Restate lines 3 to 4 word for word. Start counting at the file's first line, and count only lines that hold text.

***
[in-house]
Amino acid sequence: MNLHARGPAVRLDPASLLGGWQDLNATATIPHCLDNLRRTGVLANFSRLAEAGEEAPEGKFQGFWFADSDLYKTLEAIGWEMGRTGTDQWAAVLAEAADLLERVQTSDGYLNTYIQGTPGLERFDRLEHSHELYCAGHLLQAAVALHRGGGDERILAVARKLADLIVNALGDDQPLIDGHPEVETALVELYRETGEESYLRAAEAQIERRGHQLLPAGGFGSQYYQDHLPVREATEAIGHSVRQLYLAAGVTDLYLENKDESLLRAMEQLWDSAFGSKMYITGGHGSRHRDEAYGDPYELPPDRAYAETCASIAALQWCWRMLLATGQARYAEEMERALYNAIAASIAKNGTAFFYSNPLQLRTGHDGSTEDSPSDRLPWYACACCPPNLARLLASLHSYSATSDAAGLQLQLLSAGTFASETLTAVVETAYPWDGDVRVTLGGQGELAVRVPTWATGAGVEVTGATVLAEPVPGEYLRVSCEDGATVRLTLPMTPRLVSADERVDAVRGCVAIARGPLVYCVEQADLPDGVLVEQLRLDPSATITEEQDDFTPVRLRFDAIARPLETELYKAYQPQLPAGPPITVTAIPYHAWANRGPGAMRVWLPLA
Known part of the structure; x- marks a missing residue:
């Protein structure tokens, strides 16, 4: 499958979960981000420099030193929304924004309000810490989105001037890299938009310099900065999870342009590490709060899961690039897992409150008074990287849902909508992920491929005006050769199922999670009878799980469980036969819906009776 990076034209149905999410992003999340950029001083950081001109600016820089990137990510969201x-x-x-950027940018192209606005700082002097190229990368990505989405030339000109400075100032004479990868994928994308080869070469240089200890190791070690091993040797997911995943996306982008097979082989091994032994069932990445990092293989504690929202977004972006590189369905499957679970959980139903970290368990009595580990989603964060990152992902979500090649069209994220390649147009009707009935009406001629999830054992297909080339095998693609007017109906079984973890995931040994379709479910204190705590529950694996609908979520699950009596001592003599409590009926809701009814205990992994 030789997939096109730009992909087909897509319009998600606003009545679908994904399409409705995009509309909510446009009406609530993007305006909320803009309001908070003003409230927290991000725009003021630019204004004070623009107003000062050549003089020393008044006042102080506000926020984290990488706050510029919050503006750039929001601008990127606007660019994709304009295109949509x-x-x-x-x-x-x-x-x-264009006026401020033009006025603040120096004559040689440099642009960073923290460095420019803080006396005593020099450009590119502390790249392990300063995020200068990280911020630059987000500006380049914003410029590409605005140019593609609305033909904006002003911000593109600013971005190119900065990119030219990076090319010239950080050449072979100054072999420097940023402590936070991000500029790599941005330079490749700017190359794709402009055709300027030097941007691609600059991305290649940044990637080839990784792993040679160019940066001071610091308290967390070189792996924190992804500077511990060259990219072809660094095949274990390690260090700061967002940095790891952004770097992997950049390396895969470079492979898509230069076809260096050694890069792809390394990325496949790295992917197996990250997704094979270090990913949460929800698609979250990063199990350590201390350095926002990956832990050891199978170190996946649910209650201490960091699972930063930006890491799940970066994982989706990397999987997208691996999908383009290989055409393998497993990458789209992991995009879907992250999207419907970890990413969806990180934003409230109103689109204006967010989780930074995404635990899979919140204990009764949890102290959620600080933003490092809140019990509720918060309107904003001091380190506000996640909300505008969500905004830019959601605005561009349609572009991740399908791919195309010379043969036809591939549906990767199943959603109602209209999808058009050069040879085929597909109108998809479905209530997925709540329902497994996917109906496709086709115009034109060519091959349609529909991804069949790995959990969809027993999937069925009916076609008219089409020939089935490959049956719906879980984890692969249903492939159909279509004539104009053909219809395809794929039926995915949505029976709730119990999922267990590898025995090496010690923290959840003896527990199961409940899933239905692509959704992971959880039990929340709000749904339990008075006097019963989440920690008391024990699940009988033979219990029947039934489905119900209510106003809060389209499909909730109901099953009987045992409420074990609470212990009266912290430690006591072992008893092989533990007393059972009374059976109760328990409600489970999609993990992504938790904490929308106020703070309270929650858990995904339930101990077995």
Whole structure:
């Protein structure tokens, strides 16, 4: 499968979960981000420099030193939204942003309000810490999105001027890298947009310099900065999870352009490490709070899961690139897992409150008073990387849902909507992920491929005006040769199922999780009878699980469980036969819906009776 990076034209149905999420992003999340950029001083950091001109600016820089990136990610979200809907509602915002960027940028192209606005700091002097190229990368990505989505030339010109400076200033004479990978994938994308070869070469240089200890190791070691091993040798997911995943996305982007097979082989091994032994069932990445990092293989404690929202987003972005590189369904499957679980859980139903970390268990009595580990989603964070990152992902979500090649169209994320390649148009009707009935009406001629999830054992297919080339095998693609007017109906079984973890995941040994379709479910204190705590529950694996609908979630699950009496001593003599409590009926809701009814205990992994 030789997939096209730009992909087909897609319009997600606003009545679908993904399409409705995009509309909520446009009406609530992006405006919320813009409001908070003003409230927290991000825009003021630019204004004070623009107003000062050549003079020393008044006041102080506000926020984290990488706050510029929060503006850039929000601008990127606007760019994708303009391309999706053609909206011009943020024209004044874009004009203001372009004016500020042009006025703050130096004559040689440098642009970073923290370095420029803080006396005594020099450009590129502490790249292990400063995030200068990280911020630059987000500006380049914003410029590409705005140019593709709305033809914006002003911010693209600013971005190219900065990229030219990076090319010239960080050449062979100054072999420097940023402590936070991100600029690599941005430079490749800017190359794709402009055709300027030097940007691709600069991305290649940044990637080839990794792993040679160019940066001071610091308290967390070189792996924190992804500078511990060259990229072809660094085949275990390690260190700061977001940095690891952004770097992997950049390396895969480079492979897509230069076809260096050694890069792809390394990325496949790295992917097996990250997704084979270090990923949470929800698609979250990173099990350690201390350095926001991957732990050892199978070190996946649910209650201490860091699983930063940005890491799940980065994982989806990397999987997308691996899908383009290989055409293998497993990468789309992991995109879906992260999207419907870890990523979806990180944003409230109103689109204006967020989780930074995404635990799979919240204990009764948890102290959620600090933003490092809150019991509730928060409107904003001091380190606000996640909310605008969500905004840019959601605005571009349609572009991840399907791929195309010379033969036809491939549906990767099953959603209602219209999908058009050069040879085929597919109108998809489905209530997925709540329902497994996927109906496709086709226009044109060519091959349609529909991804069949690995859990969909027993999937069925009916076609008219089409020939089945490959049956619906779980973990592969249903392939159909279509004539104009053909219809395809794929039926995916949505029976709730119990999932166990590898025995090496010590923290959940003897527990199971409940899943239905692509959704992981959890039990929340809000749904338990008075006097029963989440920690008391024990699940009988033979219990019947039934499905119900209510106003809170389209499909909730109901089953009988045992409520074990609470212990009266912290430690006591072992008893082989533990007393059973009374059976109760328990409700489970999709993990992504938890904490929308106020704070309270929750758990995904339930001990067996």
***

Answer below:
Known part of the structure; x- marks a missing residue:
């Protein structure tokens, strides 16, 4: 499958979960981000420099030193929304924004309000810490989105001037890299938009310099900065999870342009590490709060899961690039897992409150008074990287849902909508992920491929005006050769199922999670009878799980469980036969819906009776 990076034209149905999410992003999340950029001083950081001109600016820089990137990510969201x-x-x-950027940018192209606005700082002097190229990368990505989405030339000109400075100032004479990868994928994308080869070469240089200890190791070690091993040797997911995943996306982008097979082989091994032994069932990445990092293989504690929202977004972006590189369905499957679970959980139903970290368990009595580990989603964060990152992902979500090649069209994220390649147009009707009935009406001629999830054992297909080339095998693609007017109906079984973890995931040994379709479910204190705590529950694996609908979520699950009596001592003599409590009926809701009814205990992994 030789997939096109730009992909087909897509319009998600606003009545679908994904399409409705995009509309909510446009009406609530993007305006909320803009309001908070003003409230927290991000725009003021630019204004004070623009107003000062050549003089020393008044006042102080506000926020984290990488706050510029919050503006750039929001601008990127606007660019994709304009295109949509x-x-x-x-x-x-x-x-x-264009006026401020033009006025603040120096004559040689440099642009960073923290460095420019803080006396005593020099450009590119502390790249392990300063995020200068990280911020630059987000500006380049914003410029590409605005140019593609609305033909904006002003911000593109600013971005190119900065990119030219990076090319010239950080050449072979100054072999420097940023402590936070991000500029790599941005330079490749700017190359794709402009055709300027030097941007691609600059991305290649940044990637080839990784792993040679160019940066001071610091308290967390070189792996924190992804500077511990060259990219072809660094095949274990390690260090700061967002940095790891952004770097992997950049390396895969470079492979898509230069076809260096050694890069792809390394990325496949790295992917197996990250997704094979270090990913949460929800698609979250990063199990350590201390350095926002990956832990050891199978170190996946649910209650201490960091699972930063930006890491799940970066994982989706990397999987997208691996999908383009290989055409393998497993990458789209992991995009879907992250999207419907970890990413969806990180934003409230109103689109204006967010989780930074995404635990899979919140204990009764949890102290959620600080933003490092809140019990509720918060309107904003001091380190506000996640909300505008969500905004830019959601605005561009349609572009991740399908791919195309010379043969036809591939549906990767199943959603109602209209999808058009050069040879085929597909109108998809479905209530997925709540329902497994996917109906496709086709115009034109060519091959349609529909991804069949790995959990969809027993999937069925009916076609008219089409020939089935490959049956719906879980984890692969249903492939159909279509004539104009053909219809395809794929039926995915949505029976709730119990999922267990590898025995090496010690923290959840003896527990199961409940899933239905692509959704992971959880039990929340709000749904339990008075006097019963989440920690008391024990699940009988033979219990029947039934489905119900209510106003809060389209499909909730109901099953009987045992409420074990609470212990009266912290430690006591072992008893092989533990007393059972009374059976109760328990409600489970999609993990992504938790904490929308106020703070309270929650858990995904339930101990077995």